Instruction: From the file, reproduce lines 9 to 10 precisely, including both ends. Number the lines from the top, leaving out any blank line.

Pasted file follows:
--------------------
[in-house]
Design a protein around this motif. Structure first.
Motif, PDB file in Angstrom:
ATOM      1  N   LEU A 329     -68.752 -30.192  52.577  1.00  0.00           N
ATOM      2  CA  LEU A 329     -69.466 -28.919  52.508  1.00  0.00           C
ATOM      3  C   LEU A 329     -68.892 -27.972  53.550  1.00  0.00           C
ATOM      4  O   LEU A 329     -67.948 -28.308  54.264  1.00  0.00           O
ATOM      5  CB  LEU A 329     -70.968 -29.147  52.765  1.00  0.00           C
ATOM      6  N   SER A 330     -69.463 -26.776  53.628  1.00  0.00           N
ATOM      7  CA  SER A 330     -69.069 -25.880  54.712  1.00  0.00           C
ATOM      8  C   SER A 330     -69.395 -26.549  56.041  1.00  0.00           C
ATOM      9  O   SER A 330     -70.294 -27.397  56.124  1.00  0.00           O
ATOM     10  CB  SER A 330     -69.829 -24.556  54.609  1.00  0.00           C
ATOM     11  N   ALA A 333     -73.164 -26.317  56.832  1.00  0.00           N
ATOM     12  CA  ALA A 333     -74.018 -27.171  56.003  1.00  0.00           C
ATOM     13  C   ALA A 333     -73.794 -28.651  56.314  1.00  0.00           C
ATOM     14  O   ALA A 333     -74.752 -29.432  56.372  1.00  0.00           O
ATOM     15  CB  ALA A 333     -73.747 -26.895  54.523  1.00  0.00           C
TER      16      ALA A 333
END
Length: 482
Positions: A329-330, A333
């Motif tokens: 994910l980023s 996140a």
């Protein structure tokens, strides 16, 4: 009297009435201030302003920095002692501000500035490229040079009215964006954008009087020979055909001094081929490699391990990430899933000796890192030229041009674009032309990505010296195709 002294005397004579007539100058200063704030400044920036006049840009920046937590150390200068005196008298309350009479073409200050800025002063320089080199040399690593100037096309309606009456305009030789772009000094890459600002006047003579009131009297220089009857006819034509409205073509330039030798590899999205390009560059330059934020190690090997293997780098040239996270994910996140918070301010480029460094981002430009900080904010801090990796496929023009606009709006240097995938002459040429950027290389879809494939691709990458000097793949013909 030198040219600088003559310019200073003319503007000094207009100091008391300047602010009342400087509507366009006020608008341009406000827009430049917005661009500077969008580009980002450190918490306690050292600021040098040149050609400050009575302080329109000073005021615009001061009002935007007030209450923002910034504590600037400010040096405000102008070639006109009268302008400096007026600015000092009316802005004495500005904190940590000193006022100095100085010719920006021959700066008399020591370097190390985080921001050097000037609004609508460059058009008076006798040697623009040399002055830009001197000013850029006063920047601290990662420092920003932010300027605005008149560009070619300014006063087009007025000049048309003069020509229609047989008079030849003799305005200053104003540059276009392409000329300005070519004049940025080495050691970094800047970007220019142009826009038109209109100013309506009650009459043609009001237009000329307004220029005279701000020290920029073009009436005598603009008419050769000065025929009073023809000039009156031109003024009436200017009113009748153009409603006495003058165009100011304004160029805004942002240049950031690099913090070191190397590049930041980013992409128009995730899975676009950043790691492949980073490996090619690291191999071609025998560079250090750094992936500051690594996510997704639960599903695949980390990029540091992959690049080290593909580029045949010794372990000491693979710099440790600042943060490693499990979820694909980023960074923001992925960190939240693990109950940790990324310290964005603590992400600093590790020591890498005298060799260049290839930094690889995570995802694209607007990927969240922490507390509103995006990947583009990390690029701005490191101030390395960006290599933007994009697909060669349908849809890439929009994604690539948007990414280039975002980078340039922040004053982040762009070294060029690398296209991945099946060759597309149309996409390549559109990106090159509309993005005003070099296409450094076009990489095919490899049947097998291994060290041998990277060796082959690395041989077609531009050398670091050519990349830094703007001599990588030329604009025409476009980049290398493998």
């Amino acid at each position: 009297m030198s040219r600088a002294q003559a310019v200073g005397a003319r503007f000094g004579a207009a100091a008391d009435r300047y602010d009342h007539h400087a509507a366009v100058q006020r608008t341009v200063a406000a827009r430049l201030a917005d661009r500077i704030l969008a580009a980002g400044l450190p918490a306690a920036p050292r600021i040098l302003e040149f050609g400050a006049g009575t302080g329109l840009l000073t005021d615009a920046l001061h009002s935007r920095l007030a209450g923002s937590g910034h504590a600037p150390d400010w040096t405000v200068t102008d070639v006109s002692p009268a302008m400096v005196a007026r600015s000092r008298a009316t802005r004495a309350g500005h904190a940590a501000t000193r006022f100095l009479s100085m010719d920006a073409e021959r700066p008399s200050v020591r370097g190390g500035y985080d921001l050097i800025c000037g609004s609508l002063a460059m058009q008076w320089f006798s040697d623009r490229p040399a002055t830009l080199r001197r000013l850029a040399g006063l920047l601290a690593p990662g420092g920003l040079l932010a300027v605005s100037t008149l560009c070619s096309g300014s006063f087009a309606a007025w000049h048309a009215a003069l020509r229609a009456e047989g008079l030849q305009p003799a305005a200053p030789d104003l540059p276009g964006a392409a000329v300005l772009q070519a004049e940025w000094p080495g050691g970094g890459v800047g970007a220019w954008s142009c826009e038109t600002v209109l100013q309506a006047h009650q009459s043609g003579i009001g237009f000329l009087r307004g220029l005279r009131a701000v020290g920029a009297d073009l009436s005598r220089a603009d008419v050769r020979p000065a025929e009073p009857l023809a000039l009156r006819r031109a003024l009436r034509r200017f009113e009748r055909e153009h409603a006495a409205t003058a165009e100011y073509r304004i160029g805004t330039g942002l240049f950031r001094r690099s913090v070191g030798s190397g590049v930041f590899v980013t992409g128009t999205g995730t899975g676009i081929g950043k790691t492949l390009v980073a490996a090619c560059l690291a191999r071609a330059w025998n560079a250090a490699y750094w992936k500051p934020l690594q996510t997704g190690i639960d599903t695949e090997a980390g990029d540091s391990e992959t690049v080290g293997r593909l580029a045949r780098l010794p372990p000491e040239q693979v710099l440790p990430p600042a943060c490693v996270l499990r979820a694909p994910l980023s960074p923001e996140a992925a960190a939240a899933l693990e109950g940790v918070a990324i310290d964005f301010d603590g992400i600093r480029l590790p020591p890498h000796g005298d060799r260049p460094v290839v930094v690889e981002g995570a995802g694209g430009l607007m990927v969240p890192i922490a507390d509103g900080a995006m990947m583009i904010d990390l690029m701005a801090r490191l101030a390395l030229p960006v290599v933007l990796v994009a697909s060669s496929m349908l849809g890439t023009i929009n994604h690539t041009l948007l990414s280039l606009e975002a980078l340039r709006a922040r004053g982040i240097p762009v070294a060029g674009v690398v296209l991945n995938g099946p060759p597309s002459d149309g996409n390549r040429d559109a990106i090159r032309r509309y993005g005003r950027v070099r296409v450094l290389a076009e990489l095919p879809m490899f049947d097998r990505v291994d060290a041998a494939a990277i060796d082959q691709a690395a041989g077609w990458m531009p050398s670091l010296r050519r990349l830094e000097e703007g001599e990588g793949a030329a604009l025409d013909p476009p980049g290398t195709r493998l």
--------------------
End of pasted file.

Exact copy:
ATOM      6  N   SER A 330     -69.463 -26.776  53.628  1.00  0.00           N
ATOM      7  CA  SER A 330     -69.069 -25.880  54.712  1.00  0.00           C